The Past, Feelings and Chronic Illness

I don’t receive personal emails very often, so usually when I check my email, it is some combination of work-related messages, spam and messages from organizations or retailers I’ve had some affiliation with in the past. And, by “some affiliation with” I mean shopping.

chronic illness, coping, feelings

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Today, however, one of the emails caused a stir of emotion. The subject line alerted me that it was time for Fall Skeeball League sign ups. I bet you didn’t know I played on a skeeball team in my past life.

I am certainly no skeeball whiz kid, but I love it! Combine that with having a standing date each week with two of my good friends and pumpkin ale, and you have yourself a recipe for fun. But ultimately, I have a love/hate relationship with this fond memory. Continue reading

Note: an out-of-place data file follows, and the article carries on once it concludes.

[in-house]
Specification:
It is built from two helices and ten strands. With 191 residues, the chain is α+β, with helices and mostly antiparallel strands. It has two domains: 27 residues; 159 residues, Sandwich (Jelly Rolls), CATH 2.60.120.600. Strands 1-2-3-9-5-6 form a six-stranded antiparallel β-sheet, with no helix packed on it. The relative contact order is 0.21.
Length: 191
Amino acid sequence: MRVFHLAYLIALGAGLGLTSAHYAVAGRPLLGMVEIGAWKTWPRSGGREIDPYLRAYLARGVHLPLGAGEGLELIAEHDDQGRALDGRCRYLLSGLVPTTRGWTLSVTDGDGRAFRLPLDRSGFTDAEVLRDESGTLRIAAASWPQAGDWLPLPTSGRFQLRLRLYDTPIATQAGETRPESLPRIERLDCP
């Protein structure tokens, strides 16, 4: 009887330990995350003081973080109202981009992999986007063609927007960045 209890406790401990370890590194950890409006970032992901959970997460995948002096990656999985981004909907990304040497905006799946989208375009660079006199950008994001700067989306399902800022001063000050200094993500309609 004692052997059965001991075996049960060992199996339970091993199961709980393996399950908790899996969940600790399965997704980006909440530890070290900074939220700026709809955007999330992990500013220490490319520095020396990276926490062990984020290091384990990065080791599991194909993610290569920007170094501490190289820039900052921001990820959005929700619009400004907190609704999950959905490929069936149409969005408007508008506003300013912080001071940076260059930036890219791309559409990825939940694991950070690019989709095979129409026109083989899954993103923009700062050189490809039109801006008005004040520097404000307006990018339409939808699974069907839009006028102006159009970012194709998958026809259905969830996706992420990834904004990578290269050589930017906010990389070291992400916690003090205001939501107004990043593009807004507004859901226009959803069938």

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Social Media and Chronic Illness

When it comes to chronic illness, social media can be a blessing and a curse. Especially if your condition prevents you from getting out of the house, social media can be a great way to keep in touch with friends and family. It can also be a great way to connect with online support groups.

social media

Photo credit: Jason Howie

Being a member of an online support group comes with many benefits. First, you can make friends with people who are struggling with the same conditions and symptoms. Having a friend that truly understands what you are going through is invaluable. In addition to meeting people who you connect with on a personal level, the online support group can give you a feeling of belonging, provide you with knowledge and educational resources about your condition, and give you a place to seek comfort, let off steam or assuage your fears.

However, as with most things, there can be negatives to participating in social media when you are struggling with a chronic illness:

1. Fear of missing out (aka FOMO)

When your illness limits your ability to participate in social activities, Facebook, Twitter and Instagram can be death traps of self-pity, frustration and jealousy. From seeing pictures of your friends enjoying a night out to posts about weddings, babies, new jobs and new homes, social media can quickly make you feel like your life isn’t measuring up.

Continue reading